Well, it was supposed to.  So, I just got back from the theatre about fifteen minutes ago after viewing Harry Potter and the Deathly Hollows: Part 2 in 3D.  And, well, this is what I thought:


I’ll try my best to do this chronologically, which has me start with Gringotts Wizarding Bank.  I thought the visuals in this scene were brilliant and exciting, coming in stark contrast to the scenes that had preceded it.  I was particularly fond of the rotating rail-car that Harry and the group used to access Bellatrix’s vault.  I thought the dark and wet cavern they travelled through was well designed.  Finally, I thought the vault looked good, as did the multiplying gold trinkets and cups.

After this scene…well, we skip like half the film, and I pick up enjoyable moments in the fortification of Hogwarts and the main battle scene. 

First, I enjoyed the reunion of Harry with McGonagall in the hall.  I felt that, like many characters in this film and throughout the entire series, she was underrepresented.  She’s one of my favorite characters and, while there was considerable emotional depth whenever she came onscreen, there could have been more had she more dialogue.  Listening to her welcome Harry back to school, telling off Filch, or explaining to Flitwick that Voldemort would kill him regardless of the name he used conveyed more emotion than most other characters throughout the entire film.

Second, I enjoyed McGonagall enchanting the statues of the castle to life.  While the CGI wasn’t absolutely perfect, it was certainly fun to see a stone soldier leap from a pedestal and land on one knee.  Furthermore, the visual of the soldiers standing at attention, guarding the bridge to Hogwarts was well done. 

Third, and likely the best scene from the film, was Molly Weasley’s battle against Bellatrix Lestrange.  Beginning with Molly’s best line (EVER) “Not my daughter, bitch!” at Bellatrix’s provocation, they duel upon a set of bleachers with Molly killing Bellatrix about fifteen seconds after the duel began.  Bellatrix’s death, however, was a bit off.  Instead of leaving a corpse like a normal dying creature, she explodes into a cloud of shards. 

Fourth, Neville Longbottom slicing apart Nagini the snake.  Simply an epic image, standing out in the minds of those who’d seen the previous films as being in stark contrast to the Neville who tripped over his own robes and was paralyzed by Hermione when trying to stand against her. 

After the main battle, there are two endings.  The main ending in which Harry destroys the Elder Wand and then the epilogue.  I enjoyed the main ending as it finally redeemed Harry’s character for me.  Often he would complain of his fate as the boy who lived and simultaneously steal attention from everyone else on Earth.  However, in this one moment, Harry destroys the Elder Wand, leaving behind a guarantee of greatness and/or excitement.  As for the epilogue, I felt that it was unnecessary both in the book and the film.  In the film though, it left the realm of unnecessary and entered that of confusing.  I’ll get to that in the next section, however.  What I liked in this scene, was the conversation between Harry and his son, probably the most understandable example of emotion throughout the film and certainly the most welcome in my mind.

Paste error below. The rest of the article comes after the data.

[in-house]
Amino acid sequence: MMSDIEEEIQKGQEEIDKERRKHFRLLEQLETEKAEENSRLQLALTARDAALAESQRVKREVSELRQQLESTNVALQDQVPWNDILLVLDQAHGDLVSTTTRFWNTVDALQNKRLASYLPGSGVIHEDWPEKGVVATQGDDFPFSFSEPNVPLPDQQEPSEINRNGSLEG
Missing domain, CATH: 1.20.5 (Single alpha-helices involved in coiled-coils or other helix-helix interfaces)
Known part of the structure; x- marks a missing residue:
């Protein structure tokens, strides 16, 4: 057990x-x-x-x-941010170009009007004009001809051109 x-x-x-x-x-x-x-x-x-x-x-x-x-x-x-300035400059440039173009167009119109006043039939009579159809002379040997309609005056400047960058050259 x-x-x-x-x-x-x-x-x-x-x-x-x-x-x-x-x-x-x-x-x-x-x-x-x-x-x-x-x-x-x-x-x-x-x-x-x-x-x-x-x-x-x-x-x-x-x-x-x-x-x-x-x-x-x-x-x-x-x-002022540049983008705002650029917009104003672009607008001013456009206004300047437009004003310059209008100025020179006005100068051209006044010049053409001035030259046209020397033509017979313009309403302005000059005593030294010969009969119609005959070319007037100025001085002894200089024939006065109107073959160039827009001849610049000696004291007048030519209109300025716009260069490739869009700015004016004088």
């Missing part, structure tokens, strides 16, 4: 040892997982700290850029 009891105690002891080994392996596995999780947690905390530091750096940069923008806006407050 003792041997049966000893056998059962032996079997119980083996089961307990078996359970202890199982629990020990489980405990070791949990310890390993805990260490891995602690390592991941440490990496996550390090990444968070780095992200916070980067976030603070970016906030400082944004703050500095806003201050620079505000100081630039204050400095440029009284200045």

In general, I felt that the actors did well.  I recognize that most, it not all, of my issues with this film lie in the writing.  So I applaud the actors on ending the series well.  I feel that they did excellently, save for a few whom I’ll point out in the next section.


As a fan of the novels, this could be quite long, but I’ll try to keep it short. 

My first issue was with the dragon guarding the vault at Gringotts.  While others have told me that this is the better rendering of a dragon done in any of the Potter films, the image left me feeling off.  I kept finding issues with the animation that may or may not have truly existed.  This left me with the thought that, at some points, I think the dragon had too much detail. 

Now, I’ve decided to depart from chronologically naming individual issues to sweeping generalities. 

The romance between Ron and Hermione was rushed and therefore comical.  After having ignored it for much of the first film, the second attempted to rush the romance between Hermione and Ron, creating and hour and a half of poorly timed kisses, much hand-holding, and lost screen time in hugs.  The most noticeable of these was the long kiss between Ron and Hermione in the Chamber of Secrets after a wave of water flows over them.  It just randomly occurs, then it cuts to Voldemort screaming over his just-destroyed horcrux.  The follow-up of screaming to the kiss just made the scene hilarious.